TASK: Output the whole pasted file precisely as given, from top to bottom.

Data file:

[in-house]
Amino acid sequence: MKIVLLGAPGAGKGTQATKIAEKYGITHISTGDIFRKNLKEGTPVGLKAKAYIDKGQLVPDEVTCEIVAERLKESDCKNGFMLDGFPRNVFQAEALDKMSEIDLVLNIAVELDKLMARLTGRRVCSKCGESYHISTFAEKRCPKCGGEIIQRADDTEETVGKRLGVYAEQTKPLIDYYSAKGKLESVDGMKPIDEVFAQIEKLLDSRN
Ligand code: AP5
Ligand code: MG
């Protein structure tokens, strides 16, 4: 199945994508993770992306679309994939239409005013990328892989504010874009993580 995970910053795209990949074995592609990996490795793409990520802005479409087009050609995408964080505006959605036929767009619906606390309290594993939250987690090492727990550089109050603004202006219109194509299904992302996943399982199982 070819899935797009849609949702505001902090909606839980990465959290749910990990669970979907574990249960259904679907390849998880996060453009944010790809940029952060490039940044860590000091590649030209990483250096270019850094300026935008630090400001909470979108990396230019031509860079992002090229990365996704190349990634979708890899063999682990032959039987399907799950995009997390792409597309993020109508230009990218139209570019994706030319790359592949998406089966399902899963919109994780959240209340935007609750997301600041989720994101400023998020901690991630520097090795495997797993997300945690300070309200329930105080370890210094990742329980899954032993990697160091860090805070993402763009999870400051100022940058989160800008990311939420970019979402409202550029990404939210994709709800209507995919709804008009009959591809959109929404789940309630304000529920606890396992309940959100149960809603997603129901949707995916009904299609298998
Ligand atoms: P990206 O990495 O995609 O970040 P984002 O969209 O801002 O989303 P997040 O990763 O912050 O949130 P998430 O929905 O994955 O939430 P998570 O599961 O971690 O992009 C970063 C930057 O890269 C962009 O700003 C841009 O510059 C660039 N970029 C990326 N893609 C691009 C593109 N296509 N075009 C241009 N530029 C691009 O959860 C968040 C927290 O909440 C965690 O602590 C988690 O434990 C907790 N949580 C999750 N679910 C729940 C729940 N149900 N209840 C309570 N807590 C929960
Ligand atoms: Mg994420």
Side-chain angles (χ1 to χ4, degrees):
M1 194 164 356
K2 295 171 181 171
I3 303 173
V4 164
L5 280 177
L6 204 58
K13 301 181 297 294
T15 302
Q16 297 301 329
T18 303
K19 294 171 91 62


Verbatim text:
[in-house]
Amino acid sequence: MKIVLLGAPGAGKGTQATKIAEKYGITHISTGDIFRKNLKEGTPVGLKAKAYIDKGQLVPDEVTCEIVAERLKESDCKNGFMLDGFPRNVFQAEALDKMSEIDLVLNIAVELDKLMARLTGRRVCSKCGESYHISTFAEKRCPKCGGEIIQRADDTEETVGKRLGVYAEQTKPLIDYYSAKGKLESVDGMKPIDEVFAQIEKLLDSRN
Ligand code: AP5
Ligand code: MG
């Protein structure tokens, strides 16, 4: 199945994508993770992306679309994939239409005013990328892989504010874009993580 995970910053795209990949074995592609990996490795793409990520802005479409087009050609995408964080505006959605036929767009619906606390309290594993939250987690090492727990550089109050603004202006219109194509299904992302996943399982199982 070819899935797009849609949702505001902090909606839980990465959290749910990990669970979907574990249960259904679907390849998880996060453009944010790809940029952060490039940044860590000091590649030209990483250096270019850094300026935008630090400001909470979108990396230019031509860079992002090229990365996704190349990634979708890899063999682990032959039987399907799950995009997390792409597309993020109508230009990218139209570019994706030319790359592949998406089966399902899963919109994780959240209340935007609750997301600041989720994101400023998020901690991630520097090795495997797993997300945690300070309200329930105080370890210094990742329980899954032993990697160091860090805070993402763009999870400051100022940058989160800008990311939420970019979402409202550029990404939210994709709800209507995919709804008009009959591809959109929404789940309630304000529920606890396992309940959100149960809603997603129901949707995916009904299609298998
Ligand atoms: P990206 O990495 O995609 O970040 P984002 O969209 O801002 O989303 P997040 O990763 O912050 O949130 P998430 O929905 O994955 O939430 P998570 O599961 O971690 O992009 C970063 C930057 O890269 C962009 O700003 C841009 O510059 C660039 N970029 C990326 N893609 C691009 C593109 N296509 N075009 C241009 N530029 C691009 O959860 C968040 C927290 O909440 C965690 O602590 C988690 O434990 C907790 N949580 C999750 N679910 C729940 C729940 N149900 N209840 C309570 N807590 C929960
Ligand atoms: Mg994420």
Side-chain angles (χ1 to χ4, degrees):
M1 194 164 356
K2 295 171 181 171
I3 303 173
V4 164
L5 280 177
L6 204 58
K13 301 181 297 294
T15 302
Q16 297 301 329
T18 303
K19 294 171 91 62